Despite the lack of sales channels for carabao’s milk due to the enhanced community quarantine following the outbreak of COVID-19, the Department of Agriculture-Philippine Carabao Center (DA-PCC) found a way to overturn the crisis.
The unsold milk produce from select farmers’ cooperatives was collected and developed by the Carabao Enterprise Development Section (CEDS) into nutrient-rich products labeled as Milkybun and Milk Pops under the brand name of Milka Krem.
“With the directive of our Executive Director Dr. Arnel Del Barrio, our objective was to develop milk-based products with long shelf life. We specifically made products that could be equated to a glass of carabao’s milk for our community feeding program,” Mina Abella, head of DA-PCC CEDS, said.
She added these products have so far gained loyal patrons who want to stay healthy during the emergency health crisis.
Both products were launched in San Jose City, Nueva Ecija during the celebration of the Farmers’ and Fisherfolks’ Month last May 28.
About 500 pieces of Milkybun and 200 ml toned carabao’s milk in sachets were distributed to children in Brgy. FE Marcos, San Jose City, to help improve their nutrition. Other beneficiaries of the community feeding were 60 abandoned children and elderly housed at the “Tahanan ng Damayang Kristiyano” also in San Jose City.
Following this initiative, 2,400 children in the adjacent town of Science City of Muñoz each received Milkybun and 200ml toned carabao’s milk.
“While helping our farmers market their produce even amidst the pandemic, we are also glad to be an instrument of boosting the immunity of our consumers against the virus,” Abella added.
The community feeding programs were conducted in partnership with the recipient towns’ local government units.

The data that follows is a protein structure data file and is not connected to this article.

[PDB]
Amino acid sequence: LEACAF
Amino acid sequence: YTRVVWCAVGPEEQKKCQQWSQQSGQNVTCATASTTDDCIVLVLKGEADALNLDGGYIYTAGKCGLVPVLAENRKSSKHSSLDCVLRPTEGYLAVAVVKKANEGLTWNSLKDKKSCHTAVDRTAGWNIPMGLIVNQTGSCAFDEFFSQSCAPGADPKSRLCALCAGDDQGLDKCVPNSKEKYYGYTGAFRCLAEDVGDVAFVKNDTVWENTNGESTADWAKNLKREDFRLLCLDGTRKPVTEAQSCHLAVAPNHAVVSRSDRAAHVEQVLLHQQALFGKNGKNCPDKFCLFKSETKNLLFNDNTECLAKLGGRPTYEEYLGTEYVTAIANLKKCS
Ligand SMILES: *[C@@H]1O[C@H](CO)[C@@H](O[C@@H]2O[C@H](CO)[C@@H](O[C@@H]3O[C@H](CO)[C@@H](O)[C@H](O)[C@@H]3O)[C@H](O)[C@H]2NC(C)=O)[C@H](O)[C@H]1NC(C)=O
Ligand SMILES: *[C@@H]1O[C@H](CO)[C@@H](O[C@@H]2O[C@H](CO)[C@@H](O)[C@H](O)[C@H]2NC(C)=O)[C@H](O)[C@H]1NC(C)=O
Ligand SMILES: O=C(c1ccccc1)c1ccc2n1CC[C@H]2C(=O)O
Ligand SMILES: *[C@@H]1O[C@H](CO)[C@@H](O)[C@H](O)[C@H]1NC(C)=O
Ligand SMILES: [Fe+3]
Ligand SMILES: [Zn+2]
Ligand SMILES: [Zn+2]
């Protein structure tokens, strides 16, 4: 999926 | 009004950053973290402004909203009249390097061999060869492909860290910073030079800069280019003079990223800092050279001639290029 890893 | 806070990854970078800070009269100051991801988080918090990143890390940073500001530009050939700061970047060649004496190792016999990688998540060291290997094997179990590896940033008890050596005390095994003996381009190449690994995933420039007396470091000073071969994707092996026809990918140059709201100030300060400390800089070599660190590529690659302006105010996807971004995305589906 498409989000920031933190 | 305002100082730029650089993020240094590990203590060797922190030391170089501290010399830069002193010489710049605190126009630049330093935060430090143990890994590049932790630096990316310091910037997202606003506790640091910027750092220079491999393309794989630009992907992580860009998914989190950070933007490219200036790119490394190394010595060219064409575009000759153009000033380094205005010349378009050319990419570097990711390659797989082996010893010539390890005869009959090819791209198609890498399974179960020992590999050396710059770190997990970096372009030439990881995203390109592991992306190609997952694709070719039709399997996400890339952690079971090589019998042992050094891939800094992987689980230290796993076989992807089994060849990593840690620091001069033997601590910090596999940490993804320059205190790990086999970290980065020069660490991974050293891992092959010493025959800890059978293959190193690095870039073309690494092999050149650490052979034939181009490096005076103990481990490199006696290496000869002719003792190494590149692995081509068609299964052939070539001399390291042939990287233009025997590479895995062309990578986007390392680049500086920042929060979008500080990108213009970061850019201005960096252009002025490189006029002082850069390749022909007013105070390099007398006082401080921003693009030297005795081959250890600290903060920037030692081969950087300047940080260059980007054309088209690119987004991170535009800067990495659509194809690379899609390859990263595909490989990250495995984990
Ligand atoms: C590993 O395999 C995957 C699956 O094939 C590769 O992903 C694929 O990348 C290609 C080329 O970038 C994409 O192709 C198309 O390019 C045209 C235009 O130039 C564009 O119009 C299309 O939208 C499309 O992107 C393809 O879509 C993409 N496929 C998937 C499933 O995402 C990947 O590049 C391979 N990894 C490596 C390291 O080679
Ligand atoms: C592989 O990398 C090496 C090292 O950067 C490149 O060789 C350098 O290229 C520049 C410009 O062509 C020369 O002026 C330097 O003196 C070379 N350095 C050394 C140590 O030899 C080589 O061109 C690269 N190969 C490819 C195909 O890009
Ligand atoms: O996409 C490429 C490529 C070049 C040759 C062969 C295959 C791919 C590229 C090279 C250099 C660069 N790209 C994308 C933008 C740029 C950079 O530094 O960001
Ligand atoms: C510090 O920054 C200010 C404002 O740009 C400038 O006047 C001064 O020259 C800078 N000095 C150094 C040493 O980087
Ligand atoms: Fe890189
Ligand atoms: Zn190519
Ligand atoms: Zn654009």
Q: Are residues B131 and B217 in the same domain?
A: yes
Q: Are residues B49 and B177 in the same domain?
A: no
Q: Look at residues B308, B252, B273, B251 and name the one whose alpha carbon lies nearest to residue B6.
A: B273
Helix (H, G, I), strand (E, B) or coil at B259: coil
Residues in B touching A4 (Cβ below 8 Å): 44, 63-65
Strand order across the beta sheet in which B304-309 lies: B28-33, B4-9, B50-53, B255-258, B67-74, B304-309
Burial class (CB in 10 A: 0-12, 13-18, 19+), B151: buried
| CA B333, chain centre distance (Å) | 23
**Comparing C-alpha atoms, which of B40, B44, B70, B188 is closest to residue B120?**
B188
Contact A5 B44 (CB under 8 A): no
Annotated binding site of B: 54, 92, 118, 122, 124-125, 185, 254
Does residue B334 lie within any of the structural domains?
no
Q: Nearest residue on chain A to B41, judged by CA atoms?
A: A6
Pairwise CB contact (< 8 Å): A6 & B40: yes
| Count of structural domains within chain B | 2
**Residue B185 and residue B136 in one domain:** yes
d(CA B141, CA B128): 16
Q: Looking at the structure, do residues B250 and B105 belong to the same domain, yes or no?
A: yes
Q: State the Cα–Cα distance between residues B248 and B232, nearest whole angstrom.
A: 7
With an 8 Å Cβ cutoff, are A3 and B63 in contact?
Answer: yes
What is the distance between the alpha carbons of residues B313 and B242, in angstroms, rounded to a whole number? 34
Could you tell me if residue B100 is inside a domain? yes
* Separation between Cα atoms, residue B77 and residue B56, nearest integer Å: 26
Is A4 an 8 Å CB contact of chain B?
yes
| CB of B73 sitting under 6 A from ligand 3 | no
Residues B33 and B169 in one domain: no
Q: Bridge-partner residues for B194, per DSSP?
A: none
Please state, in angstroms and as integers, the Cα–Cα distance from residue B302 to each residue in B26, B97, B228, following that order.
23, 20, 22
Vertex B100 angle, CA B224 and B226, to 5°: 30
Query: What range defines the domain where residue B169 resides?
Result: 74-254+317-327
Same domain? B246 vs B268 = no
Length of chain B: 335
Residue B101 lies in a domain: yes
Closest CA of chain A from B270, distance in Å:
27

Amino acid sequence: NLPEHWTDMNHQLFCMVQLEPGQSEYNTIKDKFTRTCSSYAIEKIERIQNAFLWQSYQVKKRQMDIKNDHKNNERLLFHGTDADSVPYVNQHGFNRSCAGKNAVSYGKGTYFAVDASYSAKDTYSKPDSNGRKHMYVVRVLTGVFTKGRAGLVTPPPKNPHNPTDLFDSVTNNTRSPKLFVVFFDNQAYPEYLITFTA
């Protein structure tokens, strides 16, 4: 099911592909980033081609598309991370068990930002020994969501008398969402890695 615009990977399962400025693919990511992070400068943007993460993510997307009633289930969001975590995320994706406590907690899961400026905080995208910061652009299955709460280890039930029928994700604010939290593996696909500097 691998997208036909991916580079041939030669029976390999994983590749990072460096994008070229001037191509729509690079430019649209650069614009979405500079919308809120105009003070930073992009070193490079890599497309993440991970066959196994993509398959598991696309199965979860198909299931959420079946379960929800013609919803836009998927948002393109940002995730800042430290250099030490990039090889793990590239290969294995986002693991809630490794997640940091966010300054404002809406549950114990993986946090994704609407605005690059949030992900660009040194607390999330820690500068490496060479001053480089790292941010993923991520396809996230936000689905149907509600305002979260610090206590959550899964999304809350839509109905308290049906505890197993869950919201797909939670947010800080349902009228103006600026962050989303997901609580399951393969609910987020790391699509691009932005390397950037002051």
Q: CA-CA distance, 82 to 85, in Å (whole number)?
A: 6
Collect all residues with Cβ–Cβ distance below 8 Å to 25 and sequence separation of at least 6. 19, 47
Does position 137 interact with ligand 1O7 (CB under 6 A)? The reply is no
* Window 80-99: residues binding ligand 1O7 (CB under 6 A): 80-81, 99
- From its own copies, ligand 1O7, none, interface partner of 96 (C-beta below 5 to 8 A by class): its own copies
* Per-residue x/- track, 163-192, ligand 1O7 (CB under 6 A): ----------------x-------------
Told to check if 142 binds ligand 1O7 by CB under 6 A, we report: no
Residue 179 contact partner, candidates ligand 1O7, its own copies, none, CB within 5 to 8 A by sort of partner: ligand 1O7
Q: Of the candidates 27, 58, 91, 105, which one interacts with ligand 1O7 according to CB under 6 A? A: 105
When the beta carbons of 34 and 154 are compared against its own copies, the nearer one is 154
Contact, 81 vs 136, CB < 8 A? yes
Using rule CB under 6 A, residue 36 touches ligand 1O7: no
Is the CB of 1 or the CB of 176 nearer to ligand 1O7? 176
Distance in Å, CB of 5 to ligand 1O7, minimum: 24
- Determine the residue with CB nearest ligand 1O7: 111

The making of milky treats
By the end of March, the DA-PCC CEDS came up with the Milk Pops, which are sweet, soft, and chewy flavored pastillas balls. A pack of this candy-like treat contains 10 pieces of 4-gram balls. It has six flavors: melon, honeydew, strawberry, chocolate, mango, and blueberry.
In the same period, the CEDS released the Milkybun, an improved version of nutri-bun. At the onset of developing the bun, the initial concept was simply to come up with a “pandesal” with carabao’s milk.
Abella said the Milkybun is a unique product on its own because it is enriched with carabao’s milk. The DA-PCC tapped a local bakery to mass produce the bun for the feeding program and for commercialization.
According to DA-PCC Food Technologist Teresita Baltazar, Milkybun is rich with 250 calories apiece while Milk Pops has 170 calories.
Calorie content is a source of energy needed to sustain bodily functions. Aside from this nutrition, carabao’s milk is also rich in magnesium, potassium, calcium, and phosphorus.
The Milkybun is now available at the Milka Krem store in the Science City of Muñoz at Php10 per piece or Php60 per pack of six. The Milkybun can also be purchased from the DA-PCC’s Kadiwa Buffalo Milk on Wheels, rolling out in Nueva Ecija.
“With the ongoing COVID-19 crisis, the Milkybun is an alternative to hot meals of the Department of Social Welfare and Development and Department of Education for community feeding,” Abella said.
She said DA-PCC plans to cascade the technology to its assisted farmers’ cooperatives. This way, she said, farmers will be able to generate more income especially when the products become staple in government-led community feedings.